Editor’s note: This is the fourth in a four-part blog series (and the second of a two-part installment related to Know Their Type) taken from author and career coach Thomas Morin’s book, “Know Your Customer: The Key to Transforming Tire-Kickers into Happy RV Owners”.
It’s common knowledge that people buy from salespeople they like and trust. However, one thing often missed is that customers will tend to like and trust their salesperson much more quickly if they’re perceived to be like them.
Achieving this takes a sharp eye, good listening skills and quick adjustments on the part of the salesperson. In short, they need to be a bit of a chameleon. They need the ability to change quickly and subtly, without sacrificing process and without the customer noticing.
Once they determine whether their customer’s personality type is Analytical, Driver, Amiable or Expressive, they need to adjust how they communicate to a style that the customer can more comfortably relate to.
Salespeople have a natural style as well, and this is more of an issue when their natural communication style doesn’t match that of their customer. The customer isn’t going to change who they are, so the salesperson must be ready to adjust.
Here’s a quick review of the different style tendencies a salesperson should look for to get identify the customer in front of them:
The Analytical Customer
Analytical customers tend to dress in conservative clothing, typically not very trendy. They will speak quietly, with precision and facts. They will be prepared with specific questions, as they will have done loads of research before coming in and expect the answers to be the same.
If they ask a question and you don’t know the answer, you must say so, but then you must go and get it. You must be precise and factual in the answer. Analyticals also like proof and things in writing because they will dive into it later and read every word.
Often managers or leaders, Drivers will be dressed in bold, attention-getting colors, with a strong handshake when meeting them. They are cut and dry, direct and to the point. Their demeanor can be blunt and at times, impersonal. They are quick to judge, make decisions and will look you right in the eye.
They are no-nonsense people and that’s exactly the way to deal with them. They will respect honesty and directness, but do not get in a power struggle with them, because they like to win.
Amiable customers dress in warm, bright colors with sparkling jewelry and accessories to reflect their mood and personality. They are nice to deal with because they are warm, caring, and supportive people.
It will be easy to get them to be open because they love to talk, but with a slower, softer speech. They tend to be hard to sell to because, although they are talkative, they won’t always tell you exactly how they feel. Getting them to decide to buy is even harder, as they will go to any lengths to avoid decision-making – and especially conflict.
All customers are important, but the Expressive typically represents the largest group you will have as a customer. They’re easy to spot, because they’re outgoing, enthusiastic and quickly announce their intentions.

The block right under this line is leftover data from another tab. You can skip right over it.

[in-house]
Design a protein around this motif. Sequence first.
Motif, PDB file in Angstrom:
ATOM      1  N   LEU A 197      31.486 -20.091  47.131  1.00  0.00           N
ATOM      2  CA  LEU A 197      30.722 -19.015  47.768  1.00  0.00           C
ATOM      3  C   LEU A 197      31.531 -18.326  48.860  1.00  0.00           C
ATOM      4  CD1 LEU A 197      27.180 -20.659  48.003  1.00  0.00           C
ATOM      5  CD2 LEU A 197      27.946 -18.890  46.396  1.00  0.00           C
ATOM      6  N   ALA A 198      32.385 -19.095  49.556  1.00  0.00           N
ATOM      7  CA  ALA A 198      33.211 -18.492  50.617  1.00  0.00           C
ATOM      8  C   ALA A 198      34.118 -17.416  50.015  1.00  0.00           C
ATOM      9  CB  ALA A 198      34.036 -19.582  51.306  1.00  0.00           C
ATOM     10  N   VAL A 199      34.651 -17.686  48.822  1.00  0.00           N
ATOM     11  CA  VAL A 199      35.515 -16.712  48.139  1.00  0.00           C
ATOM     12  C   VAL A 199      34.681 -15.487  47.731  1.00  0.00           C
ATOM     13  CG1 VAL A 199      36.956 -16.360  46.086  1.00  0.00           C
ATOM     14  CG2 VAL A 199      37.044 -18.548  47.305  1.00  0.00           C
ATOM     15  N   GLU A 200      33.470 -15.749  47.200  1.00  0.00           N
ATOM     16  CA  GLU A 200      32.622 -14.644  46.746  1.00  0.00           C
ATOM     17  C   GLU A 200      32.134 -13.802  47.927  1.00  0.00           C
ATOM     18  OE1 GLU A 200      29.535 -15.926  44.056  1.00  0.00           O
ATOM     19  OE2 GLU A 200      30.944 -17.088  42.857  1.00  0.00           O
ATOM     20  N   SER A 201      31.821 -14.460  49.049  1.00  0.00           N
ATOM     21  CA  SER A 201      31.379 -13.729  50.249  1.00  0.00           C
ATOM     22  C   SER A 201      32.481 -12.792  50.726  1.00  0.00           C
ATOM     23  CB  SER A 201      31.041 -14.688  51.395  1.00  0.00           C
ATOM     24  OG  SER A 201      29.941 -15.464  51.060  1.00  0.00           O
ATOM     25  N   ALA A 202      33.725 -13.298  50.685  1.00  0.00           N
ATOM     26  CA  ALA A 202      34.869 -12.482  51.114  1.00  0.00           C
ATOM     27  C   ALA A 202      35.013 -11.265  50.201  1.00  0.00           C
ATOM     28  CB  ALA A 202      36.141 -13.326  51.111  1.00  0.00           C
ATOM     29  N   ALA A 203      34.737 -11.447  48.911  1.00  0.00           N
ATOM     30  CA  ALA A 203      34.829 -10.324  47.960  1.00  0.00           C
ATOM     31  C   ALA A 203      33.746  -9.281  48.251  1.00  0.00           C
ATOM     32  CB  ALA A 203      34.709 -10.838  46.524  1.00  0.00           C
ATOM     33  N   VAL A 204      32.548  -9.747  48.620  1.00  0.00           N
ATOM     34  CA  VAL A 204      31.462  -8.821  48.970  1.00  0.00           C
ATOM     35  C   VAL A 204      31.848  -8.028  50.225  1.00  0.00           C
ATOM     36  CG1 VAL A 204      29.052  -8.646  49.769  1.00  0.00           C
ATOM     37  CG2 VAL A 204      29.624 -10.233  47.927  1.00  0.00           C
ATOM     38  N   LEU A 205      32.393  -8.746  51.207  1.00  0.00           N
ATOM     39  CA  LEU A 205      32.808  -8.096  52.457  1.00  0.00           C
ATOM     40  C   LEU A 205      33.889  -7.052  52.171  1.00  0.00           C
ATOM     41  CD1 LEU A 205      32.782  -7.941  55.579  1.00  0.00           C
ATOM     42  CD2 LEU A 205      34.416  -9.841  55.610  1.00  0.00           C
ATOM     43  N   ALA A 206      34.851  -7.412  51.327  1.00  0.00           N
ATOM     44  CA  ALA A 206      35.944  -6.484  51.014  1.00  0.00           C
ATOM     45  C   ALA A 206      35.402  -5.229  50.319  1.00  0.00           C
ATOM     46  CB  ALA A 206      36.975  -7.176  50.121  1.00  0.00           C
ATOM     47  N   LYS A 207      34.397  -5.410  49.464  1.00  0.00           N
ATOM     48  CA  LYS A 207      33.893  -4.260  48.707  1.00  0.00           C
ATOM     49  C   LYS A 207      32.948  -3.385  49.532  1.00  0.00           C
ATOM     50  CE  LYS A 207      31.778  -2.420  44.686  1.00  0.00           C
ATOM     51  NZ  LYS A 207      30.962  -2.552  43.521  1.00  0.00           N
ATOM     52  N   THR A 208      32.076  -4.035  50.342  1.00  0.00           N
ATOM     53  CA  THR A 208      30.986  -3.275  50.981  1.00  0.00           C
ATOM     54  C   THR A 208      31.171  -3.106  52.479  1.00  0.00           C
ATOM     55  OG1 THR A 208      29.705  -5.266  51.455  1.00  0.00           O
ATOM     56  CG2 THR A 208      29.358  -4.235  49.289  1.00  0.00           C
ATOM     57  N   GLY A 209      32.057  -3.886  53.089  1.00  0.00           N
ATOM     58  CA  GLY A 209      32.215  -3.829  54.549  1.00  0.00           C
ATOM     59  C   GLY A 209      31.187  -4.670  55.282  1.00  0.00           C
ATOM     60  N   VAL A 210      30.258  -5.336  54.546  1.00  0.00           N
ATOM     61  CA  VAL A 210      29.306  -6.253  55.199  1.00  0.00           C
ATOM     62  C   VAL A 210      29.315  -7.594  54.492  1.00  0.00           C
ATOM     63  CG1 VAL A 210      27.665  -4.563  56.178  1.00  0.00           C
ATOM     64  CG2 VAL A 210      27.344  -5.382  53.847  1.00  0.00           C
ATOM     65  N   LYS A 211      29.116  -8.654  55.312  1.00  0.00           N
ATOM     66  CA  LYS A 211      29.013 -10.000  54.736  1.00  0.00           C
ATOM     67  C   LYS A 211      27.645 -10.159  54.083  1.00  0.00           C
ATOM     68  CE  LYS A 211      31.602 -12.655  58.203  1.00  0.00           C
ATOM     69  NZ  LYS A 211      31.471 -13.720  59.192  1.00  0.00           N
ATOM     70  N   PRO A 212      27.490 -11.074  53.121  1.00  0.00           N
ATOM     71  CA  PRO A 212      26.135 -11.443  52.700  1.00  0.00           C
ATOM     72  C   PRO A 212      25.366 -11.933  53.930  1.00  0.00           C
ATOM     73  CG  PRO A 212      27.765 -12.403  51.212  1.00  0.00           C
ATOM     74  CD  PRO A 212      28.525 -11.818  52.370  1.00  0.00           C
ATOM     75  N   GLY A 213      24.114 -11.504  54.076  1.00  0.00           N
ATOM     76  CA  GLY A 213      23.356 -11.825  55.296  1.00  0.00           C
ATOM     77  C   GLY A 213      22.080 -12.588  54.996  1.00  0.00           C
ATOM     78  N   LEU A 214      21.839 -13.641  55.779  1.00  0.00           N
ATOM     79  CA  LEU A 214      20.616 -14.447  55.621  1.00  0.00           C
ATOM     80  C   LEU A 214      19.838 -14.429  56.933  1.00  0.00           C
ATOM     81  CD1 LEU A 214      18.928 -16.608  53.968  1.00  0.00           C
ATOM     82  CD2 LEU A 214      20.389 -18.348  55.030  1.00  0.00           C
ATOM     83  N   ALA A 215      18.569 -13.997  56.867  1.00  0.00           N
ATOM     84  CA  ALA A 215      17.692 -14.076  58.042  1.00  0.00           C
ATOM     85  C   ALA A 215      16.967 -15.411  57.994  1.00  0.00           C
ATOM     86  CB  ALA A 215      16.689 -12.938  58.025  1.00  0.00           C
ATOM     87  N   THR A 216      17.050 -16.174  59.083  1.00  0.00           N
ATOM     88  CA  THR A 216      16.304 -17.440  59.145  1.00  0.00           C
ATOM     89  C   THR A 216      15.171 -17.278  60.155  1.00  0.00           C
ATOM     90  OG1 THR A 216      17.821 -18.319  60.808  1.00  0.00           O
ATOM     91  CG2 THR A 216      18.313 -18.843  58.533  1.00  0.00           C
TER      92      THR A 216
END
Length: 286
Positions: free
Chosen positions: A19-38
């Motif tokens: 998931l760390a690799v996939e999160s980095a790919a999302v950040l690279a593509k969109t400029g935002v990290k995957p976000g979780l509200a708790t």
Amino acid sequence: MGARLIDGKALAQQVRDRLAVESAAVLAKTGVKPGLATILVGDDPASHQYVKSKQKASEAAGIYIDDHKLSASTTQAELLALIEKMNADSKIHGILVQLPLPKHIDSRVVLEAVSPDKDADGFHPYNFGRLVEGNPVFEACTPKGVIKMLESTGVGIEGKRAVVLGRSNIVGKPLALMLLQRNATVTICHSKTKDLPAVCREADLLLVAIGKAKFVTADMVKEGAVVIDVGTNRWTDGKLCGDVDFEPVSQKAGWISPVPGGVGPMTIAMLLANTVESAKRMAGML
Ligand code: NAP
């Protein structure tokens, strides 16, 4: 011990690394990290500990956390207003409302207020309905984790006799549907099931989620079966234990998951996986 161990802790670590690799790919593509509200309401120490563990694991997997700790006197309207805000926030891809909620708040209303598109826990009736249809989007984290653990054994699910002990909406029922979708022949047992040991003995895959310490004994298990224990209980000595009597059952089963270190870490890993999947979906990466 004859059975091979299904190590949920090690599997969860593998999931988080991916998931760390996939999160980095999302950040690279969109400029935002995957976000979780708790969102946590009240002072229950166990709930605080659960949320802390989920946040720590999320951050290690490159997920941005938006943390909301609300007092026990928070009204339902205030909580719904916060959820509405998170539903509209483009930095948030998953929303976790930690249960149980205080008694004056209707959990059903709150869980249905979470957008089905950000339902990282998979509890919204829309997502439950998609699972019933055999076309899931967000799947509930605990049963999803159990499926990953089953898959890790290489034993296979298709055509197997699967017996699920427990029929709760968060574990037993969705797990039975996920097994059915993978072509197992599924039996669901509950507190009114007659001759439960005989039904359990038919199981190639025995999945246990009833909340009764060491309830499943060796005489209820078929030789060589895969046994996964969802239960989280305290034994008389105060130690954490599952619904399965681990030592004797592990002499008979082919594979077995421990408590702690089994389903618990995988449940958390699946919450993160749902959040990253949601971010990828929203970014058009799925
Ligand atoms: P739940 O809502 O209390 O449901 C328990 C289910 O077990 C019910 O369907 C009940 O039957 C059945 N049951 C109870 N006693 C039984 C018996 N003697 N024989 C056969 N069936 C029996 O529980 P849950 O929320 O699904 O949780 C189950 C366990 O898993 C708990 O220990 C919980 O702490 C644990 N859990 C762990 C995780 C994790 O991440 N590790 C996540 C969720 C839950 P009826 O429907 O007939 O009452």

They like to have a grand old time at the dealership because they love being around people. Salespeople will need to be patient with them, as they do not like to be rushed, pressured, or cornered. This is the group that will give you positive vibes BUT most likely to turn into “Mr. & Mrs. I want to think it over.”
The Salesperson’s Type
Before any adjustments in approach or communications with the customer are made, salespeople must understand their own type. An expressive salesperson will not need to change anything in working with an expressive customer, as customer comfort will be easily achieved. However, that same salesperson will quickly irritate the Analytical customer, so adjustments need to be made to keep them engaged.
The salesperson’s attempt to make these adjustments must be honest and sincere to avoid being phony. Being perceptive to identify the different types of people, their tendencies, and the commitment to modify how to interact with each is essential. The payoff can be huge – especially at the point of asking the customer for a decision to buy because they will only buy from someone they like and trust.
Improving one’s ability to observe and identify another person’s type and then making subtle adjustments in how we interact with them, also can greatly help in building our own personal relationships. People today seem to have stronger feelings about everything – especially politics and COVID-19.
Using these techniques can help bridge the gap in those differences by better understanding the person you are interacting with and how to make subtle adjustments in responding to them. I’ve seen new personal relationships turn into customers and vice-versa. Yet, maybe the most important additional benefit is that we each might learn a little more about ourselves.
Access Part 1 of this blog series here.
Access Part 2 of this blog series here.
Access Part 3 of this blog series here.
Thomas Morin is a veteran corporate executive, business owner and career coach. After joining Alpin Haus in Amsterdam, N.Y., Morin quickly became a top RV salesperson and was named trainer for all new salespeople in the dealership. He was subsequently promoted to sales manager, followed by director of employee development, training/coaching for all RV salespeople in the company. Morin is a certified life and career coach. For more information on Morin and his coaching business, visit his website at: www.unlockyourcareercoaching.com